A great mass of rugged land inundated with clans of noble red deer that roam freely as they please, replacing people as the primary landlords, the Isle of Jura is one of Scotland’s last wildernesses. With over 5,000 red deer and around 200 people living harmoniously on the island, Jura is held in high regard by those seeking true solo serenity. It was this same spirit of solitude that lured George Orwell to the island to finish his dystopian masterpiece, Nineteen Eighty-Four.
Found anchored in the Inner Hebrides off Scotland’s west coast just a stone’s throw from Islay, Jura bears a history, like most Scottish isles, that’s swaddled in folklore and jam-packed with Viking invasions, clan disputes and ancient settlers. Today, such histories live on through the Iron-Age forts, age-old burial grounds and Rubik’s cube of standing stones. Described by Orwell as an ‘extremely un-get-at-able place’, Jura proves that less is best with its one main village settlement, Craighill, which boasts one lone road, the Jura hotel, one pub, a church and the renowned Isle of Jura Distillery.
Orwell first set foot on Jura in 1946 following the unexpected death of his wife and recent adoption of their son Richard. In a desperate bid for personal space and solitude, due to his grief and star writer status generated from Animal Farm, Orwell rented a farmhouse on Jura called Barnhill. He arrived with nothing but a camp bed, table, chairs and a typewriter.
Standing alone free from any manner of bells and whistles, Barnhill boasted soul-grasping sea views, four bedrooms and a large kitchen. Electricity was replaced by storm lanterns and fire places, while a battery-powered radio provided a glimmer of worldly goings-on. The perfect setting for a writer haunted by the horrors of WWII and weighed down by the all-consuming deadline of his latest work.
As time progressed, Orwell’s health took a toll for the worse and he was diagnosed with tuberculosis. Plagued by crippling symptoms and the immense pressure to finish his book, he frantically worked on completing The Last Man In Europe, which was later to become Nineteen Eighty-Four. Determined to see it through from the confines of his bed at Barnhill, Orwell finished his masterpiece on Jura and itwas published in 1949. He eventually succumbed to the terrors of TB and died a year later in 1950.
Barnhill still stands on Jura today like a distant memory of the past. Now it serves as a sacred pilgrimage site for Orwellians eager to see it and feel it with every ounce of their being. Available to rent at £1,000 per week, this rickety old farmhouse sleeps up to eight people and is just as it was in Orwell’s time – lacking electricity and any creature comforts:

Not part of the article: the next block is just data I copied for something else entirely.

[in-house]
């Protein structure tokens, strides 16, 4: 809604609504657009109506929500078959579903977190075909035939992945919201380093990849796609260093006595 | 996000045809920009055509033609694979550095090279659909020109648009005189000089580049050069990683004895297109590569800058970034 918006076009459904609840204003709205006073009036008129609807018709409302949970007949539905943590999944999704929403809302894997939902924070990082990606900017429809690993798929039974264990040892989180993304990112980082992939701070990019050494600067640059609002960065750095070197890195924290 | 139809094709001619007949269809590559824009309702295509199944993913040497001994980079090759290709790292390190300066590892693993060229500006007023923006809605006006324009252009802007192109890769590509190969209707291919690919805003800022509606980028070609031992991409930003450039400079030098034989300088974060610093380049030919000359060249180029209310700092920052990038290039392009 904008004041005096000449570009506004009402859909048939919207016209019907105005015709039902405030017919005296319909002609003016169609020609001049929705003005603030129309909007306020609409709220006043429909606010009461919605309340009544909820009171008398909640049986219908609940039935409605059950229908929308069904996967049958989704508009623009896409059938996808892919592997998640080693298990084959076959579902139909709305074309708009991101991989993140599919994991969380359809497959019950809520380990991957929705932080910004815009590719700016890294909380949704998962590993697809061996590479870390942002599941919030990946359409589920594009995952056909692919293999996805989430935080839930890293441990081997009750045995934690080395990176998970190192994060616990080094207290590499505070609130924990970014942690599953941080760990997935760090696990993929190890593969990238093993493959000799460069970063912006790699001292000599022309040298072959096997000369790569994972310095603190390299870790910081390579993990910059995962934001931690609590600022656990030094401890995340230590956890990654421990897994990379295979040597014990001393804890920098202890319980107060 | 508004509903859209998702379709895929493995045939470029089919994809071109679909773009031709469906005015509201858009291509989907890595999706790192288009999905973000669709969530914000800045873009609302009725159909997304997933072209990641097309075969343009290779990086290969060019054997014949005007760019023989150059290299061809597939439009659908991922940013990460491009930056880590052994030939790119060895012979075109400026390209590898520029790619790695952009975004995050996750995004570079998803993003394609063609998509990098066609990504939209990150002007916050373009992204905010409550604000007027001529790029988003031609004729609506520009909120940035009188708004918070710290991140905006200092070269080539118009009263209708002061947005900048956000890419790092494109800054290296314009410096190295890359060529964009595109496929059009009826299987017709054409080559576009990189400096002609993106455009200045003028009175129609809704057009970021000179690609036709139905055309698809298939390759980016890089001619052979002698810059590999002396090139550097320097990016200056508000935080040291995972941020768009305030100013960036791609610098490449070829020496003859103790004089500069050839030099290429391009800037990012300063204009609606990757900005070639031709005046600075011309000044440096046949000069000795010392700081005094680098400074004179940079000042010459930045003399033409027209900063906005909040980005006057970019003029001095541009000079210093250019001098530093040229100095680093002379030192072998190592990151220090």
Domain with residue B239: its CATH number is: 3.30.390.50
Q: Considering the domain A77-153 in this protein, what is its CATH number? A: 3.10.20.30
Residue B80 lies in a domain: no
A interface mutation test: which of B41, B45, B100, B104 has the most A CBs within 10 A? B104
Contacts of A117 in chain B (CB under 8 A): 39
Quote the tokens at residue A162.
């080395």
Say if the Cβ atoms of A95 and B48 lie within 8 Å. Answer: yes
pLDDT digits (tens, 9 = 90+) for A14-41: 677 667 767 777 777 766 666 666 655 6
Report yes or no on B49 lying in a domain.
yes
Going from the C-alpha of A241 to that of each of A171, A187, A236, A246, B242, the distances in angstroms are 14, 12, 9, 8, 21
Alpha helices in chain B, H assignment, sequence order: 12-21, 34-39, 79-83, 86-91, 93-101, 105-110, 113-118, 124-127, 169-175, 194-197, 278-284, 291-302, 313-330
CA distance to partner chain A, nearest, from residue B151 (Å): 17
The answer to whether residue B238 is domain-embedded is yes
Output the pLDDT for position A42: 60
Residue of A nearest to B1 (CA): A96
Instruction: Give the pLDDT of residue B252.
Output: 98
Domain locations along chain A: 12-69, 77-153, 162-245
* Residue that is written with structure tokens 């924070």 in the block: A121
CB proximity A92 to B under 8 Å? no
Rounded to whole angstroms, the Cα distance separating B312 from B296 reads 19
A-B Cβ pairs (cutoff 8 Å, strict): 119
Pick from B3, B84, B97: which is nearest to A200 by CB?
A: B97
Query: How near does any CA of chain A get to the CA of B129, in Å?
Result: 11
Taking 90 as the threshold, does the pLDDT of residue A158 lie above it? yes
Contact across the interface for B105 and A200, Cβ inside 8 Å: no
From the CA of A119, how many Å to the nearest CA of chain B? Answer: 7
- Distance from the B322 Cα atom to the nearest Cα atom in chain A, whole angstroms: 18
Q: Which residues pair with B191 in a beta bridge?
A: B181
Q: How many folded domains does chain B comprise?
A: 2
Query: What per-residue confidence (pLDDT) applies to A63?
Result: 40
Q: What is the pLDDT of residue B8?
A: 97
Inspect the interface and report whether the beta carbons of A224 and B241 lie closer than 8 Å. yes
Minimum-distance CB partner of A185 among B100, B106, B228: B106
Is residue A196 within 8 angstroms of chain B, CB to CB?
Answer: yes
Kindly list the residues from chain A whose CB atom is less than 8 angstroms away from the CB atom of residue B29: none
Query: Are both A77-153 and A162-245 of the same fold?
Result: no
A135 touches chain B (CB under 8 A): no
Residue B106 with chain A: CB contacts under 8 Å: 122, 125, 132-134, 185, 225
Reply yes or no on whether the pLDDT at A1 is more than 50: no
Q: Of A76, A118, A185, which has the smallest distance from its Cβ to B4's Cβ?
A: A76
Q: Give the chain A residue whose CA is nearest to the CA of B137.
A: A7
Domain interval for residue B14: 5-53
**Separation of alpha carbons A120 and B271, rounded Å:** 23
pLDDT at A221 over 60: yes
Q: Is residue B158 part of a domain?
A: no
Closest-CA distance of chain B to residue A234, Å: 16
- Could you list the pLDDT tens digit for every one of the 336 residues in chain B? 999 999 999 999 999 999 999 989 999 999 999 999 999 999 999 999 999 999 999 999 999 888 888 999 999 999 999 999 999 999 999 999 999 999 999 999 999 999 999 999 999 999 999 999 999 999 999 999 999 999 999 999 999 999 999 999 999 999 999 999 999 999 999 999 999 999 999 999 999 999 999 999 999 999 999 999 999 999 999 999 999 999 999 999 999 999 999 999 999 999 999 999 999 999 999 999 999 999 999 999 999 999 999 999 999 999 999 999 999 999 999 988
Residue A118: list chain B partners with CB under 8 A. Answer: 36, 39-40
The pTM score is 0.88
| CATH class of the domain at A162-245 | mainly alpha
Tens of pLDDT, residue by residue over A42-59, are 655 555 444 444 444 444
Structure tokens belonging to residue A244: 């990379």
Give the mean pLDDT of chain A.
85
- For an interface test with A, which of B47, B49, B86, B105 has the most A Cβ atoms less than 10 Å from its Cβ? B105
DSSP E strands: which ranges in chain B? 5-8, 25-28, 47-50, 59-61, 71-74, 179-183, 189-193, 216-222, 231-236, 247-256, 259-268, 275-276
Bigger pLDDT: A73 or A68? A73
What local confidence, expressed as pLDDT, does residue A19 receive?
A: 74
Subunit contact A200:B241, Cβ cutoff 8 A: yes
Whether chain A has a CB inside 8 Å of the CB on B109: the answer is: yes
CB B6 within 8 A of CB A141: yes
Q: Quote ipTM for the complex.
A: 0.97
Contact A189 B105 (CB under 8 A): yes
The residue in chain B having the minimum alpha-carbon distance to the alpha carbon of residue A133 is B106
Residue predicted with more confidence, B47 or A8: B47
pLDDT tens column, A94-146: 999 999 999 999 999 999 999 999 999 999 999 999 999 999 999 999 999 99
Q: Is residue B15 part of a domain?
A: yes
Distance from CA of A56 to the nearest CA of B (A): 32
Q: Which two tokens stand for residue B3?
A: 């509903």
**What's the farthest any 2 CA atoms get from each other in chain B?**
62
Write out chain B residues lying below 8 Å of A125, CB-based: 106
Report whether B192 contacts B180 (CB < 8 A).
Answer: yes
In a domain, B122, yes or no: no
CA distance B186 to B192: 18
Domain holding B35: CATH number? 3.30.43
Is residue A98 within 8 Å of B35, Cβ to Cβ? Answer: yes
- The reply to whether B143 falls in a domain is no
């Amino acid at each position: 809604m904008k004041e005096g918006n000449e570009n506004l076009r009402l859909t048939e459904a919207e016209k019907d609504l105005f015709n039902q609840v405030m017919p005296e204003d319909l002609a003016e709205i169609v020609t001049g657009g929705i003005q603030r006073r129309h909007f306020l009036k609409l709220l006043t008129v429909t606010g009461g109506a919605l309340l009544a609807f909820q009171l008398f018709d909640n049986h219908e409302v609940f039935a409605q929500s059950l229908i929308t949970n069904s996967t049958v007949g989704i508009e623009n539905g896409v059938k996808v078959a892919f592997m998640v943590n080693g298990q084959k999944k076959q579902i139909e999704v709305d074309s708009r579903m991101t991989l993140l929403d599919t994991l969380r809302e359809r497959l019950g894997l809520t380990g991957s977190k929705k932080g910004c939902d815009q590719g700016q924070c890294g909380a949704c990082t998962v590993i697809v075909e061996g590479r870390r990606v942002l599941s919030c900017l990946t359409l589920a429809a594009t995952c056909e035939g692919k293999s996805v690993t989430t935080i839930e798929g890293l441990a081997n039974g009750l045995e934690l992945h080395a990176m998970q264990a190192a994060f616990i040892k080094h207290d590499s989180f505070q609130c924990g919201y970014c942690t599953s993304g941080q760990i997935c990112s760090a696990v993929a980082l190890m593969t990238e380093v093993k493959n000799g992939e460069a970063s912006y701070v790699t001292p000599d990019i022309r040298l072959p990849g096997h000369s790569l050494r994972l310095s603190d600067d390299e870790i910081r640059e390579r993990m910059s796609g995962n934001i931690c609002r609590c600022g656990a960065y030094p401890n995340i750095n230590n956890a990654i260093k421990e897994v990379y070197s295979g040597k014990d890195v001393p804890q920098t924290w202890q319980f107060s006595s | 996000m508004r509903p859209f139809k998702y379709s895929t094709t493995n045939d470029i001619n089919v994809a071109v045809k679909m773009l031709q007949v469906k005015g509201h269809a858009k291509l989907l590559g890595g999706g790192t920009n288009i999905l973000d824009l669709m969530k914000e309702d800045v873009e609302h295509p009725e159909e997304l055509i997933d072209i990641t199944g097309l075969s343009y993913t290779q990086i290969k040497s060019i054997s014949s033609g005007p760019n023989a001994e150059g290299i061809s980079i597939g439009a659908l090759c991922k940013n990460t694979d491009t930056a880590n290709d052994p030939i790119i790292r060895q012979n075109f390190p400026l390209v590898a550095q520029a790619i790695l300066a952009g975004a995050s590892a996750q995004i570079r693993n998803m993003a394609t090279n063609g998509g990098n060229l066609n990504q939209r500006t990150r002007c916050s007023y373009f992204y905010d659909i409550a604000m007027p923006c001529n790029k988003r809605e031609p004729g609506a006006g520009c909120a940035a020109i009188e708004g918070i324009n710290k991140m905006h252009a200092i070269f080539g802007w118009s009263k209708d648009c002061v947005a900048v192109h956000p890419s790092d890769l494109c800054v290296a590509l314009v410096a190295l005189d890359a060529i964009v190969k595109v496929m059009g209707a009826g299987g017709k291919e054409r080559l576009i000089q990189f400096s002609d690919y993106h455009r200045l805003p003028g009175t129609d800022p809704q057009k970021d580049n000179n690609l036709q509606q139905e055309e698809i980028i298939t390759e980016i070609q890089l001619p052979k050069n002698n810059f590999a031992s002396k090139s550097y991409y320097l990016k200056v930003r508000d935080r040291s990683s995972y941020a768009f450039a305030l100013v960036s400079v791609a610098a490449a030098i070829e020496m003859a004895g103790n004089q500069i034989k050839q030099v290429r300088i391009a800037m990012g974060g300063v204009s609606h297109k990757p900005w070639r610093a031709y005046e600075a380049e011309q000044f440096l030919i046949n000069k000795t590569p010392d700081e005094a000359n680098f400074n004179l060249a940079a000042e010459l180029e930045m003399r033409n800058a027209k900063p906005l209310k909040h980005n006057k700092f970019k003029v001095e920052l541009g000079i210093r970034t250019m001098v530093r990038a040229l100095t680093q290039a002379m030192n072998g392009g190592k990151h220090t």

‘You’ll still need a boat or a 4×4 to get there. In keeping with its heroic isolation, you’ll rely on a generator for electric light and charging phones (it’s not really up to powering hair-dryers and so on), there’s a small, gas-powered fridge, and the coal-fired Rayburn takes care of the hot water. The potent cast-iron stove in the sitting room helps to warm any parts the whisky fails to reach.’
Those brave enough to embrace a stay in Barnhill are spoiled for choice in terms of things to do. An adventurer’s dreamland, Jura’s landscape plays host to three protruding conical mountains comprised of quartzite known as the Paps of Jura – Beinn an Òir (Mountain of Gold), Beinn Shiantaidh (Holy Mountain) and Beinn a’ Chaolais (Mountain of the Kyle). While the red deer hold court over the land, minke whales and dolphins dot about the churning waters that trace the collection of raised beaches.
Sandwiched between Jura and Scarba is the Gulf of Corryvreckan, which hosts a formidable force of nature, the Corryvreckan Whirlpool. As the third largest of its kind in the world, the ferocious swirling currents are drenched in Scottish mythology. The story goes that Cailleach Bheur, or the Hag Goddess of Winter, washes her tartan plaid in the swells. When winter arrives, this plaid transforms into a white wonderland of snow.
Perhaps under the power of Cailleach Bheur or simply an unfortunate hand of cards, Orwell and his son almost drowned in the Corryreckan while staying at Barnhill. It is said that this harrowing incident contributed to the severity of his ailing health and eventual demise, seeing as a doctor wasn’t summoned immediately after. Orwell’s torturous struggle to finish his book only became more taxing following this close shave with death.
Today, Orwell’s Nineteen Eighty-Four is more pertinent than ever, with terms like ‘Big Brother’, ‘newspeak’ and ‘thought police’ etched into the vocabulary of the social psyche. He may not have flocked to Jura for its inspirational beauty, but the lonesome silence and sublime Scottish setting – accompanied with postwar contemplations while marooned on a remote island – surely played a prevalent role in shaping what is undeniably one of the most profound works of the 20th century. Jura still retains that fierce sense of serenity and sacred feel, the kind that only Mother Nature or a writer can muster.